PART 1: A guide on understanding your credit report and your credit score
By Mike Laing, Chief Executive of the Australian Retail Credit Association
Credit scoring is like going to the doctor for a health check-up. They might check your blood pressure, heart rate, take a few tests and then provide you with a result.
Providers like banks, credit unions and finance companies might look at your credit score, but they will also look at whether you can afford to repay the loan by considering your current income and expenses, including existing loan repayments.
If the credit provider does not think that you can afford to pay the loan back, they will not approve you even if your credit score is high. So, focus on your credit report.
|Credit Report||Credit score|
What is a credit score and how is it calculated?
Each credit reporting body will use their own method to calculate the credit score that you can obtain through a credit score website (e.g., GetCreditScore, CreditSavvy etc). Each will use personal and financial information about you that is stored in your credit report to determine your credit score, but as each credit reporting body may hold different information – sometimes more or less – about you, each credit score site you access may give you a different score. It is important to remember that the score you receive from any scoring website or lender is only an indication of how that credit provider will view your credit health.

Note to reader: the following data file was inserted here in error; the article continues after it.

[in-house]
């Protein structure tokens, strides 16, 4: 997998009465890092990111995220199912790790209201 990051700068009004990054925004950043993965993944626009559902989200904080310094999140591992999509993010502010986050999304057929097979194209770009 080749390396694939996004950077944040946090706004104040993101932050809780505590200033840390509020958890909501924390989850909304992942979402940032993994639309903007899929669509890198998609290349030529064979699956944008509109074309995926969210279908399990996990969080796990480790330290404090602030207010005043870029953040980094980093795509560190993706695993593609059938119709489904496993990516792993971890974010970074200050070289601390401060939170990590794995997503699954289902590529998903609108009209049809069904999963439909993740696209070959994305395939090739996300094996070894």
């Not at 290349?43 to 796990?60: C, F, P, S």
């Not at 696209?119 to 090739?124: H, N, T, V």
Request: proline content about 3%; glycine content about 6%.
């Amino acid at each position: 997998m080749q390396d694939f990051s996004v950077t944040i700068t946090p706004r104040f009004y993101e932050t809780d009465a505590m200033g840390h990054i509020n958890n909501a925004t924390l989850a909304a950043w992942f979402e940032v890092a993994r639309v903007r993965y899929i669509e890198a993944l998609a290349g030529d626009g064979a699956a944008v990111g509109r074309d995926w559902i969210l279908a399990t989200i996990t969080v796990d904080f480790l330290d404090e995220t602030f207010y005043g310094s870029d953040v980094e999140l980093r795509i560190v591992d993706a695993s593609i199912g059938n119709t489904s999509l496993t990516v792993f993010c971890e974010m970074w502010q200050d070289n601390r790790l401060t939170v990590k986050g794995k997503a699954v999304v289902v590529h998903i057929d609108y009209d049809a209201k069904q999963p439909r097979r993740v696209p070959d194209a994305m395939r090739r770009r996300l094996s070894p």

Your credit score depends on some things that you can control:
- Your current loans
- The lenders you have used
- Whether you paid back those debts on time
- Whether you defaulted on any bills or repayments, meaning you have not paid by the agreed date and/or to the agreed amount (time and dollar value limits apply)
- Whether you have had multiple applications for credit within a short period (you will see an enquiry section in your credit report) e.g., applying for lots of loans or credit cards, especially for high-risk credit, are negative indicators when viewed by a credit provider